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About the Lakeshore


ISSUE:  Summer 2012

Sculptural works serve also as drawings, songs
also as autumn afternoons. Ceramic vessels,
spun to perfect circularity, stand, so few
testaments to so many lives lost, so much time past.
Only tragedies are only themselves.
The year house finches nested in the holiday wreath
we had to use the back door even for guests.
All these mysteries—handwritten letters from strangers,
trunks in attics, weather and argument, music and math—
create variations of tone, density, path,

variations spoken of but not spoken, or spoken to,
variations sensed by the old brain, not by the new.
Years as markers worked fine until I lost count.
But that’s what I want, not the unit, leaf by purple leaf,
but the accumulation, the adding up that adds up to
a losing count, sum not arrived at through addition.
Day by day my days became not days, as my breaths
long ago became not breaths but respiration.
I take as our stay against decision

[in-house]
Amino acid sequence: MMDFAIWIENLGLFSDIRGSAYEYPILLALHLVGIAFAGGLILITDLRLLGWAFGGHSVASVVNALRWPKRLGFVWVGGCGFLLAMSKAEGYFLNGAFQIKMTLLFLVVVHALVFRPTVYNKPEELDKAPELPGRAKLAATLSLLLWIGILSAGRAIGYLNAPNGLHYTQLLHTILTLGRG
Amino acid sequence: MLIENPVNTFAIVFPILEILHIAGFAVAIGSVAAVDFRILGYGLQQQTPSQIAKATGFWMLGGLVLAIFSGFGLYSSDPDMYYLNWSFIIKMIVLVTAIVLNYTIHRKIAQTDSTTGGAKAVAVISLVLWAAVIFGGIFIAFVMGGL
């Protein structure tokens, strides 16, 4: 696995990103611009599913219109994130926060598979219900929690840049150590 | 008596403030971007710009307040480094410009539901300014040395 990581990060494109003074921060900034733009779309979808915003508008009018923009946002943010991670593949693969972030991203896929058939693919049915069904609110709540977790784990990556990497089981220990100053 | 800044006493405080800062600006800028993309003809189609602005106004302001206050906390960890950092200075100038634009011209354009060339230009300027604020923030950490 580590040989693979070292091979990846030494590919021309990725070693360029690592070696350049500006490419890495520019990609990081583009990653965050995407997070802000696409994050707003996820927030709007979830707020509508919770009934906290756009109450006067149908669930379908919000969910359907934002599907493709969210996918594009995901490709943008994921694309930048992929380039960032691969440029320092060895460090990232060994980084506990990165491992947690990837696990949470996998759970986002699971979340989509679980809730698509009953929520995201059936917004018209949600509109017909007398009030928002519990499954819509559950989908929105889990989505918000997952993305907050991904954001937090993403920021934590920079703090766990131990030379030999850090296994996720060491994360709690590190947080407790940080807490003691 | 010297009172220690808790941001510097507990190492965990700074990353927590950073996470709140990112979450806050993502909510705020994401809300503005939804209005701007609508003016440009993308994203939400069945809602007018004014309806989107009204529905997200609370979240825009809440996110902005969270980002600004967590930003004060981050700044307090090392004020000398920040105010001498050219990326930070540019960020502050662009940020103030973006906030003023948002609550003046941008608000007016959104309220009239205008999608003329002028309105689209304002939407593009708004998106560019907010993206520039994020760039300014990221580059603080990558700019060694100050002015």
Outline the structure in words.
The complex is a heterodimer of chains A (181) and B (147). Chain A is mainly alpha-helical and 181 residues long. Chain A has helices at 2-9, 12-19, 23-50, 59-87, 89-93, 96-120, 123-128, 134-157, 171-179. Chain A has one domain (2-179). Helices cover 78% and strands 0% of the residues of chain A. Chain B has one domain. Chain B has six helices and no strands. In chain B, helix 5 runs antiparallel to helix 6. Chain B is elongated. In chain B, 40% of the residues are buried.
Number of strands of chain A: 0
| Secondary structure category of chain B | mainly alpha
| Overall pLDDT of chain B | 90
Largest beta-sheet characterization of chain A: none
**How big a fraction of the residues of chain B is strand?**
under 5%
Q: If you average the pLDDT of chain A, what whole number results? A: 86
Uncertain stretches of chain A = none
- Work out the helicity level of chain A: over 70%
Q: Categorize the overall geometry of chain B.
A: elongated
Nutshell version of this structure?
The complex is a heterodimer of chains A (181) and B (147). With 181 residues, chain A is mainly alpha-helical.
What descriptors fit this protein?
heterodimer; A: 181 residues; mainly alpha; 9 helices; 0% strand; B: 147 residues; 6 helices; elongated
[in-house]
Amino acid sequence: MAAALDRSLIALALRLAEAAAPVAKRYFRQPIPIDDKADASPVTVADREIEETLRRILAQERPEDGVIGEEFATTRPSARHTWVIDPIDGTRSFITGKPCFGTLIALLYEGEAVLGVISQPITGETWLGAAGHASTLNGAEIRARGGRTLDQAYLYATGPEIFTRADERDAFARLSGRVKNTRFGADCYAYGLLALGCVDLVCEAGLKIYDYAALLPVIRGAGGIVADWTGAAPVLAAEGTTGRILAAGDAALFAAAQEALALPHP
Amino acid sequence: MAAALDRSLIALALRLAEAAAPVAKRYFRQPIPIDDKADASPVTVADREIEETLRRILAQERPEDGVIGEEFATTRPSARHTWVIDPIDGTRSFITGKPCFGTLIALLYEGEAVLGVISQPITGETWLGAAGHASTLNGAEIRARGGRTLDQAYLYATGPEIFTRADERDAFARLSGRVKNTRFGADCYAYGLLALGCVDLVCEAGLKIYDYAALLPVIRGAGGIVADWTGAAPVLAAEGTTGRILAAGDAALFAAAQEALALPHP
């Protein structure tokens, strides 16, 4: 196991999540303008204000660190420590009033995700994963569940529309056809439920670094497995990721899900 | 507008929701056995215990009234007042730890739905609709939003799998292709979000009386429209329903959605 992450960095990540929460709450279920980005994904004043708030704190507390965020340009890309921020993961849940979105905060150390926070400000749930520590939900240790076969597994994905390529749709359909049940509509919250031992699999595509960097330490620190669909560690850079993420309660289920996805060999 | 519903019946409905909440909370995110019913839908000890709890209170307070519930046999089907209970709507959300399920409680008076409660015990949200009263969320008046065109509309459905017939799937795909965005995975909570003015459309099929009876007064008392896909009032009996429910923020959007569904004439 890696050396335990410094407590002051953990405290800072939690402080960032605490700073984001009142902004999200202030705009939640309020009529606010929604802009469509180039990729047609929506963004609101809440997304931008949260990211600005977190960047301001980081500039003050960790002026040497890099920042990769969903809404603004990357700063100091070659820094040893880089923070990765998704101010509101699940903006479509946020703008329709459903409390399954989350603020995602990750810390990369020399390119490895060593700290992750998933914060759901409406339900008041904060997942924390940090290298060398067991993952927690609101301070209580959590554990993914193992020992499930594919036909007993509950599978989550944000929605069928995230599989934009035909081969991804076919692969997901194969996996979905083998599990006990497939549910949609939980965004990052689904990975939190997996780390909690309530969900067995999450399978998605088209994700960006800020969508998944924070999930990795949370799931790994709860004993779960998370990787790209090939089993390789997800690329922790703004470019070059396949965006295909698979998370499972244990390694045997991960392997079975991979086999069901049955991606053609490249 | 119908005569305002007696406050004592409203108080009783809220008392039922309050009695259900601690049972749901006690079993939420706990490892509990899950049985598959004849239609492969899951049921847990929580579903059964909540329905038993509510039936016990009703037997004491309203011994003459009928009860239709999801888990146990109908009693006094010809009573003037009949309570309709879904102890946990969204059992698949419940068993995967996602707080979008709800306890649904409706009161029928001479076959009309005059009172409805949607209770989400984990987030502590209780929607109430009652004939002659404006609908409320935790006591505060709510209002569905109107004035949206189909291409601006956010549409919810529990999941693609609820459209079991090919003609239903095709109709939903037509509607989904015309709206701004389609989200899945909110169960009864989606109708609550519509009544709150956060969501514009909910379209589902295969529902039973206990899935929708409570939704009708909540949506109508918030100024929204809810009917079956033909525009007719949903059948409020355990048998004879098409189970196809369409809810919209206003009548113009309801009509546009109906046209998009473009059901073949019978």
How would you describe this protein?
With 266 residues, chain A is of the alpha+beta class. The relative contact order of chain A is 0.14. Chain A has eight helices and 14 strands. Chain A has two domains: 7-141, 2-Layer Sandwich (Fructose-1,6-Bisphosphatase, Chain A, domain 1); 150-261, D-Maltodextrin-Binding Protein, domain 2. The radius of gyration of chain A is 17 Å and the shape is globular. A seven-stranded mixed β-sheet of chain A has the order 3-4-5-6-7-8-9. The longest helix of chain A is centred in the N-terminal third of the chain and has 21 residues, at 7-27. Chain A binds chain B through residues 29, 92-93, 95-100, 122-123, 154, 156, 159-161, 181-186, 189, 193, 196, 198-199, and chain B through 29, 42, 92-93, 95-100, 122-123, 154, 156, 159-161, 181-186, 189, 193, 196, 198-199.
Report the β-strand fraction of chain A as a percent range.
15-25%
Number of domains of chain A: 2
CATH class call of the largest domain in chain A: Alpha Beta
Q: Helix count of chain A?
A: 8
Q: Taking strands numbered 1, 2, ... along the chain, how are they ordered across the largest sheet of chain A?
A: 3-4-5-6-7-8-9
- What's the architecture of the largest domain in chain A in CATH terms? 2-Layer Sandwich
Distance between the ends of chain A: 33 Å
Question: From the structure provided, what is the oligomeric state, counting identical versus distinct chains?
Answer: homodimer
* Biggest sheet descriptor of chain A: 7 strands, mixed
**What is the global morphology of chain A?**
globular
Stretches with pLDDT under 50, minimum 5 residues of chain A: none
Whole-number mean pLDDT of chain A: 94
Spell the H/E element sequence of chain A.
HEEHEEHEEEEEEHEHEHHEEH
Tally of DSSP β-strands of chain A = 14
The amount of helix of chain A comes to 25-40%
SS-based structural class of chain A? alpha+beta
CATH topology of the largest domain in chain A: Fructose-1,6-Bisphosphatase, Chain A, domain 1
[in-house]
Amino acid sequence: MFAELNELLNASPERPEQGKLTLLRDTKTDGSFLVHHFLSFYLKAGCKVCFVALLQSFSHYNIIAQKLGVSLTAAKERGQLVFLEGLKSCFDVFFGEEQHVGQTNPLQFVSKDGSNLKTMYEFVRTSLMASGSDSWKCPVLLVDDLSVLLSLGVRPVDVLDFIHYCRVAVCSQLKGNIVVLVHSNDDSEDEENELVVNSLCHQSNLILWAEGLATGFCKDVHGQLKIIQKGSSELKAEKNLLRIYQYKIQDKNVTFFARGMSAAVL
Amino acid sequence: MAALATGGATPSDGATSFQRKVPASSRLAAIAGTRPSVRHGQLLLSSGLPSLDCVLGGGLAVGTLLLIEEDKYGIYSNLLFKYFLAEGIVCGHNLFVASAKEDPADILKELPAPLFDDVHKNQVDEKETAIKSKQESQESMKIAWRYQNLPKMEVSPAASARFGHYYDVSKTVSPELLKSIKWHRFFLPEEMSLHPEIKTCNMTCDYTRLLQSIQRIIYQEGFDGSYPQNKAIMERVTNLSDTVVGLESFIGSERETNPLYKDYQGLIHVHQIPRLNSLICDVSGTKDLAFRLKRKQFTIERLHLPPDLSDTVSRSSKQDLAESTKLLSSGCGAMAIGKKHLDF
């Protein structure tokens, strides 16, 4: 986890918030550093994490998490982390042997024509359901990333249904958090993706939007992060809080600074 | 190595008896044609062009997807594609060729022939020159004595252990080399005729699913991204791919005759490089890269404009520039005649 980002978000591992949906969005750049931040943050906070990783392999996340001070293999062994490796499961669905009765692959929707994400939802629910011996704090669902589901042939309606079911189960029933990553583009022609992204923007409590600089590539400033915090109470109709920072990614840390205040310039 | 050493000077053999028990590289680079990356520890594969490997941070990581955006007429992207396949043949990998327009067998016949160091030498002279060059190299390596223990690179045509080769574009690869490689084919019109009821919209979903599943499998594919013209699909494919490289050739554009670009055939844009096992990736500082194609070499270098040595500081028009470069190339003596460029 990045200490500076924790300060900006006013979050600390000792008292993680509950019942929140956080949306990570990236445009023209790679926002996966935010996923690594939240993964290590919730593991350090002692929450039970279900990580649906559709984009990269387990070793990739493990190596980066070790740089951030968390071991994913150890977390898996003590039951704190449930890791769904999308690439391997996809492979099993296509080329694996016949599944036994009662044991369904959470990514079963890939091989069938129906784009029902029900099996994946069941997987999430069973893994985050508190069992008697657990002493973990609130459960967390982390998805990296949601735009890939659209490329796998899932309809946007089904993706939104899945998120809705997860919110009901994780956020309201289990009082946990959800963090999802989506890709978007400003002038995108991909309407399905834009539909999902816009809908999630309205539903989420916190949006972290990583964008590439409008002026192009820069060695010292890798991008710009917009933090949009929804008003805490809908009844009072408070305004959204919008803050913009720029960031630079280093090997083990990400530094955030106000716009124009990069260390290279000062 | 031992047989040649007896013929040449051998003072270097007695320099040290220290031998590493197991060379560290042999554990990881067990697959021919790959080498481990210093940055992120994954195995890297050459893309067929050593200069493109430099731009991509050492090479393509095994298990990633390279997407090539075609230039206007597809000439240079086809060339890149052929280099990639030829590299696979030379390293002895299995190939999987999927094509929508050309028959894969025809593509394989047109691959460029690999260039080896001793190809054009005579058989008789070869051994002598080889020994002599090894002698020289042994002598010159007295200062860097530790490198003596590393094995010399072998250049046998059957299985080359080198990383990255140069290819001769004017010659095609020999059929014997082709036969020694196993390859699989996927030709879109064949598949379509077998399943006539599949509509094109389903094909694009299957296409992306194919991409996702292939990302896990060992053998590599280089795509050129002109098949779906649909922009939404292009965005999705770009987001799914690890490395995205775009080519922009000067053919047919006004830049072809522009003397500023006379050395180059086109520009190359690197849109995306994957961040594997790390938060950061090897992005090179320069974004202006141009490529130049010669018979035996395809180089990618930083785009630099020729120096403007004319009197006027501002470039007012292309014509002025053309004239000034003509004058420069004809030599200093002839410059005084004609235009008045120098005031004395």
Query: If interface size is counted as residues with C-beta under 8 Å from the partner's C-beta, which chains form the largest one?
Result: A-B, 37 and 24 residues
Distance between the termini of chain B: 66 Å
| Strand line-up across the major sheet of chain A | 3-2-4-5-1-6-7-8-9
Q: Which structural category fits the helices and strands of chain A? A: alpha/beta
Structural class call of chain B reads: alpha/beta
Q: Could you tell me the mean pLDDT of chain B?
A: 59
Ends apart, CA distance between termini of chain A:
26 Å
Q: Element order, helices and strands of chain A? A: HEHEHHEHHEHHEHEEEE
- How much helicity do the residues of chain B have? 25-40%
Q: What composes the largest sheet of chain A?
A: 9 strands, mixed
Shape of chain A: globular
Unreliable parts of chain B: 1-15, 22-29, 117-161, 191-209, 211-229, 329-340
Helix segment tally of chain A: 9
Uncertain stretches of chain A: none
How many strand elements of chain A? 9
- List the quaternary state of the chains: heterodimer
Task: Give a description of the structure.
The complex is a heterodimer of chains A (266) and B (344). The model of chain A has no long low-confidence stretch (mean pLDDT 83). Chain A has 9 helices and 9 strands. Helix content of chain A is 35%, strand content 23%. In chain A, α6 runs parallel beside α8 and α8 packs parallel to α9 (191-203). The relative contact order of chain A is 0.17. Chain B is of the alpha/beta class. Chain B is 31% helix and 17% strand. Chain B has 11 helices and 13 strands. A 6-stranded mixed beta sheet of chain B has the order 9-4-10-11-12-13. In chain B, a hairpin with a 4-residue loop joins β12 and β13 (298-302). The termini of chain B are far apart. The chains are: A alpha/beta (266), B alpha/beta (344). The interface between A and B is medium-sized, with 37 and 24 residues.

the outer reaches of our peripheral vision.

I frequently return to the fact of return,
follow the verb to the noun. I frequently
figure the figure, distrust distrust. Less often,
I wander along the lakeshore, trying to tell
if the path I am following is still, and is for me,
just because it was once, for someone else, a path.
When I pass the boat this path wanders past, I wonder
how long ago and for whom it last was a boat.
Let me claim this as my measure of your stealth:
you are in between the lines that have no breadth,

on a plane with no depth, yet you have the dimensions
of blood, thread, and wire, the tone of that handwritten letter.
Even peripheral vision has limits:
the colors of autumn, yes, but what about the smells?
What about the path, what about the lakeshore
I never wandered, the boat I never rowed, as a girl?
I don’t remember where I lost count; I do remember when.
In my last life I learned only specific gravity:
she floated, I sank. But here—you, me, second life, second world—
we can see we are stone and we are burl.

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